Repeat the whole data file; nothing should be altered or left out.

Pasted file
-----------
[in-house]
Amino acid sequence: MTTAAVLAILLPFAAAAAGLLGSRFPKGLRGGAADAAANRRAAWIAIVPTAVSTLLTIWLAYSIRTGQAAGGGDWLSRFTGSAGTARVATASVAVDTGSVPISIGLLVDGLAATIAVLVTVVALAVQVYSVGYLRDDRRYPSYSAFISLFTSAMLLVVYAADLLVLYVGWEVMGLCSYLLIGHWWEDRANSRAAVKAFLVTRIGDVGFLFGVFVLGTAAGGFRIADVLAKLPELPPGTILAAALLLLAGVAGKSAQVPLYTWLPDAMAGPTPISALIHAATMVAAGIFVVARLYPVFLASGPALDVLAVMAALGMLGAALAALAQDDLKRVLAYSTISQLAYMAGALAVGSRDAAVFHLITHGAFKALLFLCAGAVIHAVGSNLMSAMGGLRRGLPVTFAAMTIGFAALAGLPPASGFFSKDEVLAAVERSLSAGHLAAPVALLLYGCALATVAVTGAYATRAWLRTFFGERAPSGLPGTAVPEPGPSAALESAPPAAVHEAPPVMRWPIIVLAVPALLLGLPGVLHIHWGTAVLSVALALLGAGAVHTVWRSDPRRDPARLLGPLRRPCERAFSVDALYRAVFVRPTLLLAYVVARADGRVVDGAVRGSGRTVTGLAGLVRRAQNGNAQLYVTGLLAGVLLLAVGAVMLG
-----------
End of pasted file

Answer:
[in-house]
Amino acid sequence: MTTAAVLAILLPFAAAAAGLLGSRFPKGLRGGAADAAANRRAAWIAIVPTAVSTLLTIWLAYSIRTGQAAGGGDWLSRFTGSAGTARVATASVAVDTGSVPISIGLLVDGLAATIAVLVTVVALAVQVYSVGYLRDDRRYPSYSAFISLFTSAMLLVVYAADLLVLYVGWEVMGLCSYLLIGHWWEDRANSRAAVKAFLVTRIGDVGFLFGVFVLGTAAGGFRIADVLAKLPELPPGTILAAALLLLAGVAGKSAQVPLYTWLPDAMAGPTPISALIHAATMVAAGIFVVARLYPVFLASGPALDVLAVMAALGMLGAALAALAQDDLKRVLAYSTISQLAYMAGALAVGSRDAAVFHLITHGAFKALLFLCAGAVIHAVGSNLMSAMGGLRRGLPVTFAAMTIGFAALAGLPPASGFFSKDEVLAAVERSLSAGHLAAPVALLLYGCALATVAVTGAYATRAWLRTFFGERAPSGLPGTAVPEPGPSAALESAPPAAVHEAPPVMRWPIIVLAVPALLLGLPGVLHIHWGTAVLSVALALLGAGAVHTVWRSDPRRDPARLLGPLRRPCERAFSVDALYRAVFVRPTLLLAYVVARADGRVVDGAVRGSGRTVTGLAGLVRRAQNGNAQLYVTGLLAGVLLLAVGAVMLG